Can Anyone with a College Degree Teach? 2


teachingA few of my friends are joining the Teach for America staff after graduation. Teach for America’s mission is to ensure that low-income students have access to teachers. They recruit college graduates and train them in an accelerated program before placing them in low-income schools.The program varies by region, but is usually about 5 weeks long. While many of my professors from UCLA’s Department of Education support Teach for America’s mission to improve education for low-income students, they disagree with Teach for America’s idea that anyone with a college degree can effectively teach and that becoming a teacher only requires a short training program.

The Teach for America debate makes me wonder: if you are an expert on a subject, are you qualified to teach it? Or does teaching require additional skills of its own? Almost all of my college professors have PhDs as well as published research and books in their field. Yet, not all of them are great teachers. In fact, some even left me so confused after lecture that I had to spend time learning the material on my own. Personally, I would have to agree with the latter that to teach a subject well, it takes more than understanding the material yourself, but special skills that require time and practice to develop. I have a hard time believing that can be taught in just 5 weeks. 

I think it’s similar with developing educational games. Not just anyone who is an expert in math can create a game that successfully teaches math skills in an engaging way. As AnnMaria explains, teaching math is a lot harder than most people think. Lucky for us, AnnMaria has a PhD and MA in Educational Psychology and has taught math at every level from middle school through graduate courses. Meanwhile, Maria was previously a college instructor and has experience with blended learning with her own children. Diana also has a background in education. But, even still, we recognize the value and importance getting input from teachers actively working in the classroom – which is why we also work with full-time educators as consultants to help develop and vet our game content. 

What do you think? Can anyone with a degree in a subject successfully teach it? Or is teaching an art of its own? Let us know what you think in the comments! 

Jennifer and Ronda

On the right is Jennifer, she’s an AMAZING teacher. On the left is Ronda, she’s in the WWE. If you’ll be in New Orleans this weekend for Wrestlemania, come to our meetup.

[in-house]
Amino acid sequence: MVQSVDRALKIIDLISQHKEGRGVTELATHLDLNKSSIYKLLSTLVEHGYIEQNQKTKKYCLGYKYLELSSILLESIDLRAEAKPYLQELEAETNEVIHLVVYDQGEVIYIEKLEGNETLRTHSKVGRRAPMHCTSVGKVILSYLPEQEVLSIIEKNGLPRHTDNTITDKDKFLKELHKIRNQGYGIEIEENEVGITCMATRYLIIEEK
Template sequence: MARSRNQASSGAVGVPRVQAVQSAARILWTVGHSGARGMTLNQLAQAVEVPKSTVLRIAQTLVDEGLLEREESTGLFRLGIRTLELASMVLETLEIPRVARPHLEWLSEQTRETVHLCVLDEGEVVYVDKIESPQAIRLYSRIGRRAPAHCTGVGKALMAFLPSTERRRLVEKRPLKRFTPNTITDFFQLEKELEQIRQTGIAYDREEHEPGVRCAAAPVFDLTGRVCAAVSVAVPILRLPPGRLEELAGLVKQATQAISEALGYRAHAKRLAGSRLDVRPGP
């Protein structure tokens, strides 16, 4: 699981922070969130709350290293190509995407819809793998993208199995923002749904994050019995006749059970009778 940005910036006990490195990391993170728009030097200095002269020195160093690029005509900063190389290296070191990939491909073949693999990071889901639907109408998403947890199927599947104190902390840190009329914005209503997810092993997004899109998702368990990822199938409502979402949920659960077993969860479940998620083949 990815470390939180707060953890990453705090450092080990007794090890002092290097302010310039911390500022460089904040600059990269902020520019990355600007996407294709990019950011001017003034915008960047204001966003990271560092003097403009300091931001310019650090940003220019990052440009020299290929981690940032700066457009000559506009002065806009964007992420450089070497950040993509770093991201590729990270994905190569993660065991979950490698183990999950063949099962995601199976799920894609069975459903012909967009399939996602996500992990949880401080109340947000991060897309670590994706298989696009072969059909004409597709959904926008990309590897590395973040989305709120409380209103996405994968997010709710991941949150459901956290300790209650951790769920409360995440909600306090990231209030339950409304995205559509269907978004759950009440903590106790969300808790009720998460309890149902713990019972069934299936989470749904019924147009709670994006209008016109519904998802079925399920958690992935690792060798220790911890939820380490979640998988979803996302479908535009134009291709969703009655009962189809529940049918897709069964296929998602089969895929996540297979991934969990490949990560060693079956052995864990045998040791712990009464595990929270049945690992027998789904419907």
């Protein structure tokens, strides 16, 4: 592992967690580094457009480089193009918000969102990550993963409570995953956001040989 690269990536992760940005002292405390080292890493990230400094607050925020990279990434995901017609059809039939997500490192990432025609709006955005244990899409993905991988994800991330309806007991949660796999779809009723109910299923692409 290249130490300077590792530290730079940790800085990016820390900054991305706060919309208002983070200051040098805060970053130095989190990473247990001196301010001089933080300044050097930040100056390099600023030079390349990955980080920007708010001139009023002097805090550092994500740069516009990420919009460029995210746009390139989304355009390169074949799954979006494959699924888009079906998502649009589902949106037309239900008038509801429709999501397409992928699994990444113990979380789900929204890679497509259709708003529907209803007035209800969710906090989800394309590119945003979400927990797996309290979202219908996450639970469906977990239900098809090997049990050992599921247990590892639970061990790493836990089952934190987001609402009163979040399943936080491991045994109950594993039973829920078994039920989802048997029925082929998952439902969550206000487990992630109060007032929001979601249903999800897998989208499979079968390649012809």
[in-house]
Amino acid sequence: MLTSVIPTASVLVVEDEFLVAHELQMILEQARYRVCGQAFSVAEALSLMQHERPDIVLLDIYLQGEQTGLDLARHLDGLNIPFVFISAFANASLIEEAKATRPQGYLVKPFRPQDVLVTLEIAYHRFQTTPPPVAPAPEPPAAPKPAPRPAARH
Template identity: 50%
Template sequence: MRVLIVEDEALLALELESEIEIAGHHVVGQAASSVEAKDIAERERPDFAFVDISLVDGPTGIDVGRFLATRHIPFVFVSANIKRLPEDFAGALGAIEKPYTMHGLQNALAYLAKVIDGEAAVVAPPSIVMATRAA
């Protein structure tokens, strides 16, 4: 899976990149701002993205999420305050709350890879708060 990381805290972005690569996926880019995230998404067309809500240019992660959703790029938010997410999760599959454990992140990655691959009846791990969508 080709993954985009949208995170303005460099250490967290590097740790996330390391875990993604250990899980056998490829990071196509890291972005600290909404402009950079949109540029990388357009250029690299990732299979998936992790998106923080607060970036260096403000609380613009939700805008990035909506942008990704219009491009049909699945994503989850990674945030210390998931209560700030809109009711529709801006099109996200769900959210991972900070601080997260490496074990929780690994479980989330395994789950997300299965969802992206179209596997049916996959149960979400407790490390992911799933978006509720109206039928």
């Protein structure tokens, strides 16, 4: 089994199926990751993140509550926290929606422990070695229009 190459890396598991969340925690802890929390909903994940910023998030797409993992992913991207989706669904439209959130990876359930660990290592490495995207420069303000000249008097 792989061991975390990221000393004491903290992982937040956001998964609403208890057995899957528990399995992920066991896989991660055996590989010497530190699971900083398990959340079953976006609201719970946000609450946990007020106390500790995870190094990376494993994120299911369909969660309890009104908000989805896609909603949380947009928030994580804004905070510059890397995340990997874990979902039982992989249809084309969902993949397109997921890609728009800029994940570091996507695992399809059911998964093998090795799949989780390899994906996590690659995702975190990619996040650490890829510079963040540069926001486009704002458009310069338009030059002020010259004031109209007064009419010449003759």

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2 thoughts on “Can Anyone with a College Degree Teach?

  • Juliana Taken Alive

    I’ve found myself having this same discussion on several occassions with different groups of people and my response it the same. Teaching isn’t about the degree in the frame. It’s about the frame of mind a person has about lifting others and being able to see potential. I have never been a Teach for America corps member, but I have worked for Teach for America South Dakota. I was hired by the executive director to coach, mentor, and support corps members that came to the reservation to teach. That is the key. Finding a mentor/coach to guide any first and second year teacher through the journey. My experiences teaching are K-12 and I’ve seen teachers (and administrators) come and go. In my professional opinion, it doesn’t matter if a teacher is hired with an Education major or a Business degree because the first year is going to be a learning experience. It is true that some Teach for America teachers aren’t cut out for teaching and they leave after their two year commitment ends.However, the same holds true for Education majors as well. Their major doesn’t guarantee excellent teaching.

    I respect the work that Teach for America South Dakota is doing. I respect my fellow education majors. But, there is no way to know how good a teacher is going to be until they get into a classroom and start teaching. After that, it’s up to the leadership at a school to support them. So, my personal opinion is that no matter where the teacher came from it’s the responsibility of school leaders to carefully select and be willing to guide.

    There are no guarantees.